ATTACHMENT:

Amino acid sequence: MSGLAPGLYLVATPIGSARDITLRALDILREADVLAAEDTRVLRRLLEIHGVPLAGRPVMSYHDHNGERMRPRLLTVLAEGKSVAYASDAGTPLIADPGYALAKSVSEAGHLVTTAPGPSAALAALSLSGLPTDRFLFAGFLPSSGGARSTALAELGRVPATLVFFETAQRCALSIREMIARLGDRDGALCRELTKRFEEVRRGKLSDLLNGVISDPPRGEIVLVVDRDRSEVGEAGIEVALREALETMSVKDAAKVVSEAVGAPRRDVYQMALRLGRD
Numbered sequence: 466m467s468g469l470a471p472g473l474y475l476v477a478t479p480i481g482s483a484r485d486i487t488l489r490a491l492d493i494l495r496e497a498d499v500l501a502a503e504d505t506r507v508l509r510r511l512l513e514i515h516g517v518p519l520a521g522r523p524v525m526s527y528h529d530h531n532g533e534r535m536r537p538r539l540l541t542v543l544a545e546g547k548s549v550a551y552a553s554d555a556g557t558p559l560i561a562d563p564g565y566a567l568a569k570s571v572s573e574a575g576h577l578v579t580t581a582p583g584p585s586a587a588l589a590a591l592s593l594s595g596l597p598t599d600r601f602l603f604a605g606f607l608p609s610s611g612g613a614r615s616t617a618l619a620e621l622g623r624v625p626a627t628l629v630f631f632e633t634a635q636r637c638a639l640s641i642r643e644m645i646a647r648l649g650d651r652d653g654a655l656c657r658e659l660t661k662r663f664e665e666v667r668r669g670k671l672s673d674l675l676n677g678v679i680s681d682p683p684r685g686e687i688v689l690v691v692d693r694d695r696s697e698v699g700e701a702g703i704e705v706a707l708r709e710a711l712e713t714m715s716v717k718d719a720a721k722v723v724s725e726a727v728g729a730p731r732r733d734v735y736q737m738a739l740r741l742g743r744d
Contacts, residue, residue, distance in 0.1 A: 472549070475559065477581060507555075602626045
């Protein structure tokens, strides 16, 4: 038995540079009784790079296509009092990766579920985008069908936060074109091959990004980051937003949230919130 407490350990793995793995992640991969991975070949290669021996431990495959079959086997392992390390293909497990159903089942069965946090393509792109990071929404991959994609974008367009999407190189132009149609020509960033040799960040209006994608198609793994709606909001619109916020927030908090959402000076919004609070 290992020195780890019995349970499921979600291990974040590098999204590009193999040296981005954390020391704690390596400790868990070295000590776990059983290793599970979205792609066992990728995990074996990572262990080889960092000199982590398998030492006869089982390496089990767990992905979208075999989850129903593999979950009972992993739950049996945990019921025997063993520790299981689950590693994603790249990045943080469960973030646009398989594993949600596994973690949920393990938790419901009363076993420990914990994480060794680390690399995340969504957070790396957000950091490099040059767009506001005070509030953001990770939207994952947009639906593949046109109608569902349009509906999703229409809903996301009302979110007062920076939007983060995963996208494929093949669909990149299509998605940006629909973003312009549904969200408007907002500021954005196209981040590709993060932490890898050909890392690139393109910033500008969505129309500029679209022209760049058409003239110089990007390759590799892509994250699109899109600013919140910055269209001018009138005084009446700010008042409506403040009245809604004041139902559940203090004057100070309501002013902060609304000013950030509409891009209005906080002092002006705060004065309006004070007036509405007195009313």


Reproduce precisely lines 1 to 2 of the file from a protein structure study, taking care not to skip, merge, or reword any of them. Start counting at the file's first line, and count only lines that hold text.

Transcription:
Amino acid sequence: MSGLAPGLYLVATPIGSARDITLRALDILREADVLAAEDTRVLRRLLEIHGVPLAGRPVMSYHDHNGERMRPRLLTVLAEGKSVAYASDAGTPLIADPGYALAKSVSEAGHLVTTAPGPSAALAALSLSGLPTDRFLFAGFLPSSGGARSTALAELGRVPATLVFFETAQRCALSIREMIARLGDRDGALCRELTKRFEEVRRGKLSDLLNGVISDPPRGEIVLVVDRDRSEVGEAGIEVALREALETMSVKDAAKVVSEAVGAPRRDVYQMALRLGRD
Numbered sequence: 466m467s468g469l470a471p472g473l474y475l476v477a478t479p480i481g482s483a484r485d486i487t488l489r490a491l492d493i494l495r496e497a498d499v500l501a502a503e504d505t506r507v508l509r510r511l512l513e514i515h516g517v518p519l520a521g522r523p524v525m526s527y528h529d530h531n532g533e534r535m536r537p538r539l540l541t542v543l544a545e546g547k548s549v550a551y552a553s554d555a556g557t558p559l560i561a562d563p564g565y566a567l568a569k570s571v572s573e574a575g576h577l578v579t580t581a582p583g584p585s586a587a588l589a590a591l592s593l594s595g596l597p598t599d600r601f602l603f604a605g606f607l608p609s610s611g612g613a614r615s616t617a618l619a620e621l622g623r624v625p626a627t628l629v630f631f632e633t634a635q636r637c638a639l640s641i642r643e644m645i646a647r648l649g650d651r652d653g654a655l656c657r658e659l660t661k662r663f664e665e666v667r668r669g670k671l672s673d674l675l676n677g678v679i680s681d682p683p684r685g686e687i688v689l690v691v692d693r694d695r696s697e698v699g700e701a702g703i704e705v706a707l708r709e710a711l712e713t714m715s716v717k718d719a720a721k722v723v724s725e726a727v728g729a730p731r732r733d734v735y736q737m738a739l740r741l742g743r744d